In a year, the Olympic Games, called “reconstruction games”, should allow Japan to turn the page on the Fukushima tragedy. If the region, the symbol of the 2011 disaster, has been officially cleaned, many problems remain. Forbidden cities, radioactivity … Our reporters followed the daily lives of the residents of this “cursed” region for months.
Nine years after the nuclear accident, it is a strong symbol: the Japanese city of Okuma is still a ghost town. Emptied by its inhabitants in 2011 after the nuclear accident, this village near the power plant became the territory of the wildlife. There are still two “jungle cities” and you need a special permit to get there. The other cities that were evacuated in 2011 have since reopened.
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In Okuma we understand that the famous cleaning of Fukushima is far from over. The prefecture is hosting some tests at the 2020 Tokyo Olympics, postponed to summer 2021 due to the corona virus. In recent months, Japanese authorities have worked hard to complete the redevelopment of the region in time for the Games. It is a huge restoration and redevelopment project that will never end and should cost almost € 250 billion.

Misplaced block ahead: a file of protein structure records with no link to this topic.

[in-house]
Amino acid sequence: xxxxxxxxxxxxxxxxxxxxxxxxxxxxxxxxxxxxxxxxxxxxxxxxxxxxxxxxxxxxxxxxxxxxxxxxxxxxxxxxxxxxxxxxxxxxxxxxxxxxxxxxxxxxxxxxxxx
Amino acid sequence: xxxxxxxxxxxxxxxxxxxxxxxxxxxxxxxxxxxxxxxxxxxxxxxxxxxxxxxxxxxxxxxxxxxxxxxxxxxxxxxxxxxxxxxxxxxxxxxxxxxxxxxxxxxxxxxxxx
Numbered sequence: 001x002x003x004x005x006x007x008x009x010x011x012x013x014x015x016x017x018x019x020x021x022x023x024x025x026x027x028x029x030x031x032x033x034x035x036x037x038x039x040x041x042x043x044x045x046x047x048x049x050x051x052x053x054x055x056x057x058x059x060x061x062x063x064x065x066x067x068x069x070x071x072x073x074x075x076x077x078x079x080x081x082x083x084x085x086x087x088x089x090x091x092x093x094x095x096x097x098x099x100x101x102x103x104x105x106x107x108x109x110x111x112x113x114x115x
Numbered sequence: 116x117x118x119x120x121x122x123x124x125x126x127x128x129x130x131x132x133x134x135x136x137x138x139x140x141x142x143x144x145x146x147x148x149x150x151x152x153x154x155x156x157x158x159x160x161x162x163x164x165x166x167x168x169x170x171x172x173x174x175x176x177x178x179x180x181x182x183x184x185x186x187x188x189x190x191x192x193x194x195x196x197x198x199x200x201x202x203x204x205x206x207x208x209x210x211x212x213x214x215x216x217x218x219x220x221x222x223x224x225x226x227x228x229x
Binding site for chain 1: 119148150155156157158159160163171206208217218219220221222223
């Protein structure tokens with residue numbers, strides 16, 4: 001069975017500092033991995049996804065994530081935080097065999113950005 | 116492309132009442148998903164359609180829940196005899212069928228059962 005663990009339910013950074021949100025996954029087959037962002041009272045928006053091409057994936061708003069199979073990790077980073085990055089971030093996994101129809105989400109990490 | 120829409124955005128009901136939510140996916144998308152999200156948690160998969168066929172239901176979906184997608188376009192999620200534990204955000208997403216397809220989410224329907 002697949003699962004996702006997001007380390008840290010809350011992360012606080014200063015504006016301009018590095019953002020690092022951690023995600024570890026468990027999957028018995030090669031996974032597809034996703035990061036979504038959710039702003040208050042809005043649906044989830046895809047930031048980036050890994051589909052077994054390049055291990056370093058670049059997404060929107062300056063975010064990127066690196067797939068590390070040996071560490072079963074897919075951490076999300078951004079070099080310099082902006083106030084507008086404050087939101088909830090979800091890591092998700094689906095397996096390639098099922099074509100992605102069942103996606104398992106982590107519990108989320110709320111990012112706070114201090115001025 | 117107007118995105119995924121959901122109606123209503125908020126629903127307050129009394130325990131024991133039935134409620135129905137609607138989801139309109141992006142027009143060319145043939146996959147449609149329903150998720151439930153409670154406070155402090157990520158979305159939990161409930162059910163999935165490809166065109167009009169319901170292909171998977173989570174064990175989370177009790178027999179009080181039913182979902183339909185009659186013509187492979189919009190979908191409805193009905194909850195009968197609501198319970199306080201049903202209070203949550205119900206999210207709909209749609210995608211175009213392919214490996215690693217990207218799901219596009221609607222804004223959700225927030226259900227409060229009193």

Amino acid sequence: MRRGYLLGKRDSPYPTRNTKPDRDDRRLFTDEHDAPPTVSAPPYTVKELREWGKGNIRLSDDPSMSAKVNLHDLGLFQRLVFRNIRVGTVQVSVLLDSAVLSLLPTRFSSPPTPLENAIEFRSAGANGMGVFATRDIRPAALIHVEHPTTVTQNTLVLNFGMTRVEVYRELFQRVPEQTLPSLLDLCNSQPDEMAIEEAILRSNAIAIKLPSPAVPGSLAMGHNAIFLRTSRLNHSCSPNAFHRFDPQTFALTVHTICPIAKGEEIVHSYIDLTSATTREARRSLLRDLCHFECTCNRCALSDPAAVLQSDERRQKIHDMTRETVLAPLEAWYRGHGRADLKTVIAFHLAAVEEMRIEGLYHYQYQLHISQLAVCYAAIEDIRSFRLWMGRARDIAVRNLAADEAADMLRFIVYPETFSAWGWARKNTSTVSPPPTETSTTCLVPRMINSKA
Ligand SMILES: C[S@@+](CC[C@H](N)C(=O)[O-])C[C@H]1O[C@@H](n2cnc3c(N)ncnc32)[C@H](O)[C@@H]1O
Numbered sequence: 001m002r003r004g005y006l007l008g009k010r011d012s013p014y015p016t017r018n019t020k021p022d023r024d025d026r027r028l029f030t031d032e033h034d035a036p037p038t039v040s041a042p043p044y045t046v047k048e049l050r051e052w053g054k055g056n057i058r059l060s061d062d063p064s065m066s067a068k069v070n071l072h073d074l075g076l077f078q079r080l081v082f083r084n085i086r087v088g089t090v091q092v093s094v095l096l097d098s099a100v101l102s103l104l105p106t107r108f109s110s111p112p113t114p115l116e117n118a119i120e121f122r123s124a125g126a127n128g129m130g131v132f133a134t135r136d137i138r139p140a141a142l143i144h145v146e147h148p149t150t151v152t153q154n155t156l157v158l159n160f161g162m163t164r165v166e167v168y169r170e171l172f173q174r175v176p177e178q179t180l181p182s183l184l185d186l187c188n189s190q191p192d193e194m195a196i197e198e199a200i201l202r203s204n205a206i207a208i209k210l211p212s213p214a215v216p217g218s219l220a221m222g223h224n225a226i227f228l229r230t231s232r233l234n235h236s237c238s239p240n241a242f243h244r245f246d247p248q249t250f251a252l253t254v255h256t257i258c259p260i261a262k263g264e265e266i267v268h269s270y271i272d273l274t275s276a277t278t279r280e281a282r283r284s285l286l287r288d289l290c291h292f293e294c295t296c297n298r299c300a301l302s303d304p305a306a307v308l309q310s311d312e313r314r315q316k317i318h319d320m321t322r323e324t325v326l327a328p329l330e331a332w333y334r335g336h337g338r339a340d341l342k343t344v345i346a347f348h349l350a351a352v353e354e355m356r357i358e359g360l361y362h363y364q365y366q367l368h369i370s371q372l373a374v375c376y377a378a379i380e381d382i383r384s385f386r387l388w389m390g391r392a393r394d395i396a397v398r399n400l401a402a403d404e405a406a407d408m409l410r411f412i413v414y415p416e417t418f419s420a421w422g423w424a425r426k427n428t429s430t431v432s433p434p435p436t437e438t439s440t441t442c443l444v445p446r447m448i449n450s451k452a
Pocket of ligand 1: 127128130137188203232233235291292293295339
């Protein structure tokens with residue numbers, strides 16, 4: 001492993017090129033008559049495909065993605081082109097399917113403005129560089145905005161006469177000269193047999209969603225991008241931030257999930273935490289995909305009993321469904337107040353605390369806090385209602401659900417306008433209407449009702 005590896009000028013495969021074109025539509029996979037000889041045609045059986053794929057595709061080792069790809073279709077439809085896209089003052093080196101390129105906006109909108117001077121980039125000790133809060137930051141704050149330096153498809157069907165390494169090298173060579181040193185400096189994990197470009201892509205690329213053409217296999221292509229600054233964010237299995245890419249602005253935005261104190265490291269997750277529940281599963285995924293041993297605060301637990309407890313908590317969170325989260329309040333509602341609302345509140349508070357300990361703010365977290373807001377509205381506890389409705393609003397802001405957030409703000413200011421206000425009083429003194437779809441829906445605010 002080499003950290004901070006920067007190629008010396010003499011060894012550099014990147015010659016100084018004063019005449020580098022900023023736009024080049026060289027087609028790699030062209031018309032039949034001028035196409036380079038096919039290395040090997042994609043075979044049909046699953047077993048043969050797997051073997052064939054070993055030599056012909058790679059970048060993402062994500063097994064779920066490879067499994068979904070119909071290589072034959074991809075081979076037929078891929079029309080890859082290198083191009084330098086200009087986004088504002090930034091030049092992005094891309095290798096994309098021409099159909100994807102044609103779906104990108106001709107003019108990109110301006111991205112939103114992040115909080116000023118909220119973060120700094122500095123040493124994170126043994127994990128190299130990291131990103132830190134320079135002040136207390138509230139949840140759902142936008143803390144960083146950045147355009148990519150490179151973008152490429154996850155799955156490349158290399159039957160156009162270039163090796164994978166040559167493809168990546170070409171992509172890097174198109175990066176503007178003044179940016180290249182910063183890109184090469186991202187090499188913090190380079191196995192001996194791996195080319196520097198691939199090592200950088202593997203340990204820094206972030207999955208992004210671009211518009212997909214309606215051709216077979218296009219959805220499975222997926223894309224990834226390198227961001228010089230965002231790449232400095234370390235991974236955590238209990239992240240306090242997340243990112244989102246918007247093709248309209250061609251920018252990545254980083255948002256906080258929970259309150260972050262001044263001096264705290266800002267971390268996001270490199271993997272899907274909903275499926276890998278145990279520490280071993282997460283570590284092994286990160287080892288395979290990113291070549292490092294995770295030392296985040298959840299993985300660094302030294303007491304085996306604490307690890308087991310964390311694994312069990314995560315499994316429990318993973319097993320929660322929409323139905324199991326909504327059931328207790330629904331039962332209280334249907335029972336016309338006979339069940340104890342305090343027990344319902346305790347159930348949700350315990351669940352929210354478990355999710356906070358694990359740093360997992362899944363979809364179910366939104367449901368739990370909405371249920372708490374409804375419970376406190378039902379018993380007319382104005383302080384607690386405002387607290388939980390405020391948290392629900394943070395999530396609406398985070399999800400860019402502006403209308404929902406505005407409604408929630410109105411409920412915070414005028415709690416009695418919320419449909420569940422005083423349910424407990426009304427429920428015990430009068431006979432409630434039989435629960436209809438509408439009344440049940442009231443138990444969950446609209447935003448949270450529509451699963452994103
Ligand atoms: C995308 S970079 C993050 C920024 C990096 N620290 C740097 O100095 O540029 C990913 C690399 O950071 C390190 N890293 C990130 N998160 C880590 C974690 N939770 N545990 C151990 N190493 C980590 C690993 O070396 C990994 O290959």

If the work carried out for ten years is real and colossal, if the region is partly rebuilt, it is far from exempt from radioactivity. NGO Greenpeace has discovered areas at risk of radioactivity near the Olympic facilities. And at the Fukushima plant, Tepco engineers continue to fight radioactive leaks. They also face new problems, such as polluted water that accumulates at the site of the power plant and represents a new problem in Japan. Our reporters were able to visit this historic nuclear power plant.
The chronicle of daily life in Fukushima, with the residents determined to revive their region.
>> Also see our fantastic report: “Fukushima, the choice of return”